• Competition with Khandsari and Gur: Khandsari and gur have been manufactured in rural India much before the advent of sugar industry in the organized sector. Since khandsari industry is free from excise duty, it can offer higher prices of cane to the cane growers.In India about one-third of the sugar cane production is utilised for making gur and khandsari. This causes shortage of raw material for the sugar mills
  • Regional imbalances in distribution: Over half of sugar mills are located in Maharashtra and Uttar Pradesh and about 60 per cent of the production comes from these two states. On the other hand, there are several states in the north-east, Jammu and Kashmir and Orissa where there is no appreciable growth of this industry. This leads to regional imbalances which have their own implications.
  • Low per capita consumption: The per capita annual consumption of sugar in India is low. This result in low market demand and creates problems of sale of sugar.Most of the sugar mills in Uttar Pradesh and Bihar are more than 50 years old.

Productivity Issues:

  • Monoculture of sugarcane. lack of crop rotation in some areas, leads to deletion of nutrients in soil and adversely affect cane productivity.
  • Post-harvest deterioration in cane quality on account of staling and delayed crushing contributes to low sugar recovery. An irregularity in availability of water is other major issue in cultivation of sugarcane crop.
  • Inadequate availability of quality seed of new sugarcane varieties and poor seed replacement rate adversely affect the realization of potential cane yield of varieties.
  • Further reduction in yield of sugarcane due to rise in temperature is significant.
  • The average yield of sugarcane is around 50 tons/hectare only which is much lesser when compared to other nations such as 70 tons/hectare in Brazil or 100 tons/hectare in Hawaii.
  • The technology used by sugar mills is obsolete and old which make sugar mills economically unviable and due to this farmers benefit get affected.
  • The small crushing season last only for 4 to 6 months especially in North India due to lesser availability of water or occurrence of frost, etc.
  • The political ownership or their large share in cooperative sugar mills cause delays in payment to farmers.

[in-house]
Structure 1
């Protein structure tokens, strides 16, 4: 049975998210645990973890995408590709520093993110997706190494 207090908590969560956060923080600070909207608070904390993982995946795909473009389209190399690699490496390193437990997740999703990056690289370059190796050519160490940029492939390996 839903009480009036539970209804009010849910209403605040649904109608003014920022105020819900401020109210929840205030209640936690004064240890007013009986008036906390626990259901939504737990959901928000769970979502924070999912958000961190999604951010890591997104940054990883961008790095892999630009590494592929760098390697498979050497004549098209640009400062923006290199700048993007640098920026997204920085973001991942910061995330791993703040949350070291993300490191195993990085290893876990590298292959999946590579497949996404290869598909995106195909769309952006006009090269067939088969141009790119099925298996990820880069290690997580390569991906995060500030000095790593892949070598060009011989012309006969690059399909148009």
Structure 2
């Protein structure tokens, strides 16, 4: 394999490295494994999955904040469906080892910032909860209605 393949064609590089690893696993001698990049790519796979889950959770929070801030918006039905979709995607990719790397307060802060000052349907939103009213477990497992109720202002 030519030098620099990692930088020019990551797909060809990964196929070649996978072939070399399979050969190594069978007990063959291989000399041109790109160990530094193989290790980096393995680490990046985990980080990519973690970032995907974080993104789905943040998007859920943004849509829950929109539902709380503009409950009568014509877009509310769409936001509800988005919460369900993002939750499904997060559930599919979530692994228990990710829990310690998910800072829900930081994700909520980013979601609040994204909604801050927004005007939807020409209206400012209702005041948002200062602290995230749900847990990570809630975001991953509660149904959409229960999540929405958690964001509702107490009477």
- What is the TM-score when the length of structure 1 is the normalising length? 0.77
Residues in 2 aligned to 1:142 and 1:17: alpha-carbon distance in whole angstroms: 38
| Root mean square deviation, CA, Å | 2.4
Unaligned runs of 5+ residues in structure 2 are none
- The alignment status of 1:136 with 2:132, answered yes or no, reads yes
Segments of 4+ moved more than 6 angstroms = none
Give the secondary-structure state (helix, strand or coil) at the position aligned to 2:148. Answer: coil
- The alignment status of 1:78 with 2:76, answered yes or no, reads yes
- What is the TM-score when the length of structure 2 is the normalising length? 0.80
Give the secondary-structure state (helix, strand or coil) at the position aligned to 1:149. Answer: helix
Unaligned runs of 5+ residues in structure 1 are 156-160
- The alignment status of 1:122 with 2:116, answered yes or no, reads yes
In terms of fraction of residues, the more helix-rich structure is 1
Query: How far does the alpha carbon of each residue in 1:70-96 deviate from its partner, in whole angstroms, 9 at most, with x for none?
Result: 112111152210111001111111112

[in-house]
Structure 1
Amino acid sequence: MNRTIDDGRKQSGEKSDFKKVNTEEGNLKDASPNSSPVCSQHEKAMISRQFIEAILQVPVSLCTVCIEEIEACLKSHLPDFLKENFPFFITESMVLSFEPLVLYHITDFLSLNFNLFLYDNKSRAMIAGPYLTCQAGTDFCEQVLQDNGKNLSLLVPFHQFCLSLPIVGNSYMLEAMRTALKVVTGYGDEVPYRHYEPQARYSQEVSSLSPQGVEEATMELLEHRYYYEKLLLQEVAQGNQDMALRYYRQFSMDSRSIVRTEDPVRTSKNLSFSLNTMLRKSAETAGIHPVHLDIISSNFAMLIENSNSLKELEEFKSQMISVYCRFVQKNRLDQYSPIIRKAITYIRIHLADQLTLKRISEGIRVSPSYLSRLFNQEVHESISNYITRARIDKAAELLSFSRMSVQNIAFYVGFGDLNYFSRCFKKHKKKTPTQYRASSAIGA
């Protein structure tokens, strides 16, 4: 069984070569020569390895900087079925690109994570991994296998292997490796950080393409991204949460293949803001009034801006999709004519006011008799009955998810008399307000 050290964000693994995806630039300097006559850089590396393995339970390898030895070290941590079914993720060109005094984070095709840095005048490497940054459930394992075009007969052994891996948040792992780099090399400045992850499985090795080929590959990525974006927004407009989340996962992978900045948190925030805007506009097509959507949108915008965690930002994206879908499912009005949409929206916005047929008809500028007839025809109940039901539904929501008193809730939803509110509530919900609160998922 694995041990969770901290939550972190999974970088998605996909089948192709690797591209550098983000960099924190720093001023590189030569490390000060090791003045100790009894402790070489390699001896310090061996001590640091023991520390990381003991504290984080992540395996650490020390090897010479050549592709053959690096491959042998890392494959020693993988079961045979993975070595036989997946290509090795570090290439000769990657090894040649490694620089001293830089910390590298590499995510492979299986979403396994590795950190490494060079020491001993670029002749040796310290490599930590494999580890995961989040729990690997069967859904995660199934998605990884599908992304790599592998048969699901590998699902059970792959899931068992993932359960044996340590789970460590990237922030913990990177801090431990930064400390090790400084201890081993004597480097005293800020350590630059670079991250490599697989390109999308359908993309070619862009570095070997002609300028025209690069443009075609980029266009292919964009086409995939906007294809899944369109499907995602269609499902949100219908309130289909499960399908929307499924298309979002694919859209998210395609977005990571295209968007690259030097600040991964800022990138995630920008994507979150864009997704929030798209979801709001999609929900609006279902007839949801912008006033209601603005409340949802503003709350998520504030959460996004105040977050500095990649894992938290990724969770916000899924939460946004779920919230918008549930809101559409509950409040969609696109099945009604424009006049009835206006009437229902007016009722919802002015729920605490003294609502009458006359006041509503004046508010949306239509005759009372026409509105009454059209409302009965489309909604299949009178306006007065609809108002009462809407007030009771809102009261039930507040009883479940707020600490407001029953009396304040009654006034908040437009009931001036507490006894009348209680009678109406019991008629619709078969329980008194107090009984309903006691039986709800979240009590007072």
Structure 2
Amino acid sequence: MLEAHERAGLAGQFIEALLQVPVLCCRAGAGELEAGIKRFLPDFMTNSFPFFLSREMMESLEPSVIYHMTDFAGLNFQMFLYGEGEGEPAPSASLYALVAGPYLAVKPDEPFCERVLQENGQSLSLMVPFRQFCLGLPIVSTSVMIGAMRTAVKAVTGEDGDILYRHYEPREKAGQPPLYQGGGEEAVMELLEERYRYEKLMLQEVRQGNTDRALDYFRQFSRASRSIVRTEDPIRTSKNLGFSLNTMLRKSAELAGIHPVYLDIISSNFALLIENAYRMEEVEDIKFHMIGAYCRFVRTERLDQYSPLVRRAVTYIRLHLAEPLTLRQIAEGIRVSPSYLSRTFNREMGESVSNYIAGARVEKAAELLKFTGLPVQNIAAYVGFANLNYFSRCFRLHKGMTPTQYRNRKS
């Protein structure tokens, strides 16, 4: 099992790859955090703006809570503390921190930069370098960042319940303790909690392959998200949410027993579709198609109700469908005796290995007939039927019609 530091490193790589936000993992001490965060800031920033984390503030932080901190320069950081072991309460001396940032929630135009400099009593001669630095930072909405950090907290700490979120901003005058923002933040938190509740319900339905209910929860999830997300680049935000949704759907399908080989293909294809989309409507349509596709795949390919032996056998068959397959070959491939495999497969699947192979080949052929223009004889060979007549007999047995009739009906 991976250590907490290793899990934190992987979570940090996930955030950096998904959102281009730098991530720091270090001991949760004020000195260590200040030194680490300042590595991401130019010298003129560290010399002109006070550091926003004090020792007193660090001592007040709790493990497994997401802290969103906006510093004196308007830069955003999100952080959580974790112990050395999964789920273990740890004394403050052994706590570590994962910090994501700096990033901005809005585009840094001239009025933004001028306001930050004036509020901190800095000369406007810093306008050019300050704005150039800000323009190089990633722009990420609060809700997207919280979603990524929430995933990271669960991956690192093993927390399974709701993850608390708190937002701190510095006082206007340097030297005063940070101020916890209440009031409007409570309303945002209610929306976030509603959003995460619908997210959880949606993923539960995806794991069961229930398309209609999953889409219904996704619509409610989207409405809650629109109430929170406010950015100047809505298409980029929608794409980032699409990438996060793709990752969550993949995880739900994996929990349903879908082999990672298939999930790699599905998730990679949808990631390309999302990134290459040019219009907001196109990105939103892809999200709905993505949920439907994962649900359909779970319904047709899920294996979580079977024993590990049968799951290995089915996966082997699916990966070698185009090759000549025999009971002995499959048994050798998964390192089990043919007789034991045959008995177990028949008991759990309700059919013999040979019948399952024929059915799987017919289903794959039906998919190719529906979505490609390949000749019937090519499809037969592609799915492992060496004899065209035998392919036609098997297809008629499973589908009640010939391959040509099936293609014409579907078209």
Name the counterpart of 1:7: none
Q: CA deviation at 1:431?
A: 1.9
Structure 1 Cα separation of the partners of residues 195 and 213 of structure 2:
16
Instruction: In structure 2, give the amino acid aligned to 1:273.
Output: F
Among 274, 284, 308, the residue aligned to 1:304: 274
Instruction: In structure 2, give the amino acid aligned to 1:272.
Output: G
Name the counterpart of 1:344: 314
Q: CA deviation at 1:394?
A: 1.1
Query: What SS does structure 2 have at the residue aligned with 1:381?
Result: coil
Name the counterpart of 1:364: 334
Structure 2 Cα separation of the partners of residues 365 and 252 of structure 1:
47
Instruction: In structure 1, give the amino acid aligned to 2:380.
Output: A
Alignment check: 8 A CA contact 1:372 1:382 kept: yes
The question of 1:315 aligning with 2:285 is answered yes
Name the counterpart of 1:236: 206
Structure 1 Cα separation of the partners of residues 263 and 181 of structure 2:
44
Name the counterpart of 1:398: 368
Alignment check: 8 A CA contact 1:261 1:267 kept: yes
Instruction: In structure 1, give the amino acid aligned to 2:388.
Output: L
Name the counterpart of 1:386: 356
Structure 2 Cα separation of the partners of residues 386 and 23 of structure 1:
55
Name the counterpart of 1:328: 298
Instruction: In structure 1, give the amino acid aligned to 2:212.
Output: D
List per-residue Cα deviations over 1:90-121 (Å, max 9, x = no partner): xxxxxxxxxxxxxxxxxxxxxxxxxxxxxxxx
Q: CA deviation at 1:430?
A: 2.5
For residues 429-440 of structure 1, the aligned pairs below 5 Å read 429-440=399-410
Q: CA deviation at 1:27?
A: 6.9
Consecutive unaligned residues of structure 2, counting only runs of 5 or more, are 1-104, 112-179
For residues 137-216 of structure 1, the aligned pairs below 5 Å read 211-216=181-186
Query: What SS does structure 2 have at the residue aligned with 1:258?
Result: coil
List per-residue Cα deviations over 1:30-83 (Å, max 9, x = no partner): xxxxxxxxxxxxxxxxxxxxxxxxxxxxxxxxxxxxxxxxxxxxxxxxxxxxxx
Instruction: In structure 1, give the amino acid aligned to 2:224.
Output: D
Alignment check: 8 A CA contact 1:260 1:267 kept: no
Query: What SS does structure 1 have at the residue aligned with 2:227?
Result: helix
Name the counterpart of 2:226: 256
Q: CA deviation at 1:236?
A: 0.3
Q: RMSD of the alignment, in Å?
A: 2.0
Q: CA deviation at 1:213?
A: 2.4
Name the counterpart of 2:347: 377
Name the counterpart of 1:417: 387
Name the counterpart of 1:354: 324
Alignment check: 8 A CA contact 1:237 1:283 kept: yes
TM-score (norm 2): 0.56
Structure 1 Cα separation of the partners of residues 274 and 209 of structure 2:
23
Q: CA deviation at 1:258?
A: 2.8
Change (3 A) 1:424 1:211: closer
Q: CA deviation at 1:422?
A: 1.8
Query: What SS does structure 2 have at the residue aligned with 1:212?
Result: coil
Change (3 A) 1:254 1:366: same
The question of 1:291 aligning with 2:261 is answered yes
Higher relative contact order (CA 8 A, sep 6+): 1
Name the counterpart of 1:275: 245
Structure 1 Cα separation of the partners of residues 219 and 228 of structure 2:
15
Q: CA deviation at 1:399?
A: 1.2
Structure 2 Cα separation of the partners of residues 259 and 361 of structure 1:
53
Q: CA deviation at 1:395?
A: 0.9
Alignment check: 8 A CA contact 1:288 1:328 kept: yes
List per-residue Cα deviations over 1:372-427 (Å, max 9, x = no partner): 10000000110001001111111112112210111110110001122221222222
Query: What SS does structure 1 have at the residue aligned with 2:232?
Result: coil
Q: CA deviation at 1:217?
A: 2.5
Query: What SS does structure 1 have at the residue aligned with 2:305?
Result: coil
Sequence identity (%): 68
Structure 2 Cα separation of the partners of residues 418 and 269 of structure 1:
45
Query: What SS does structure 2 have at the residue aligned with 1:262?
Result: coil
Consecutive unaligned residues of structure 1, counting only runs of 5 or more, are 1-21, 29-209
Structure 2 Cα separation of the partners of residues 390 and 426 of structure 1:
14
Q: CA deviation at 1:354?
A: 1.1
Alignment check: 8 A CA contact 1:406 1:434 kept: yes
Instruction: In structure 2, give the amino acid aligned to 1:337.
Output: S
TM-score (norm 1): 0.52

• The corruption due to political ownership further cause higher price and poor productivity in sugar mills.

Problems faced by sugarcane growers:

  • The sugarcane growers in India face two types of problems viz.,on the fields andoff the fields, in other words problems occurred during cultivation as well as marketing of sugarcane as follows:
    • On the fields: Availability of seeds, fertilizers, pesticides, etc. in sufficient quantity, Fertility of land, Supply of water, Labour, Finance, Fertilizer, Pesticides, Technical guidance, Demand for sugarcane.
    • Off the fields:Low rate for sugarcane, Waiting in a long queue, Dishonest in weighing at weigh bridge, Unnecessary deductions in the name of toll, charges, etc., Delay in payment of installments, Shortages of sugarcane buyers

What can be done?

  • Taking into consideration, the problems of sugarcane farmers the following suggestions are given to sustainSugarcane cultivation and to improve the economic conditions of sugarcane farmers.
  • The Mahatma Gandhi National Rural Employment Guarantee Act has to be grounded strictly during non agriculture season i.e. from April –June.
  • In view of huge labour cost, appropriate capital intensive techniques (machinery to plant sugarcane stems, deweeding and harvesting machines) are to be supplied by the government on subsidy basis or 275 made available.
  • Farmers who can afford them will purchase. Once they are available in the village, farmers can hire them as they are doing in case of tractors and crushing machines.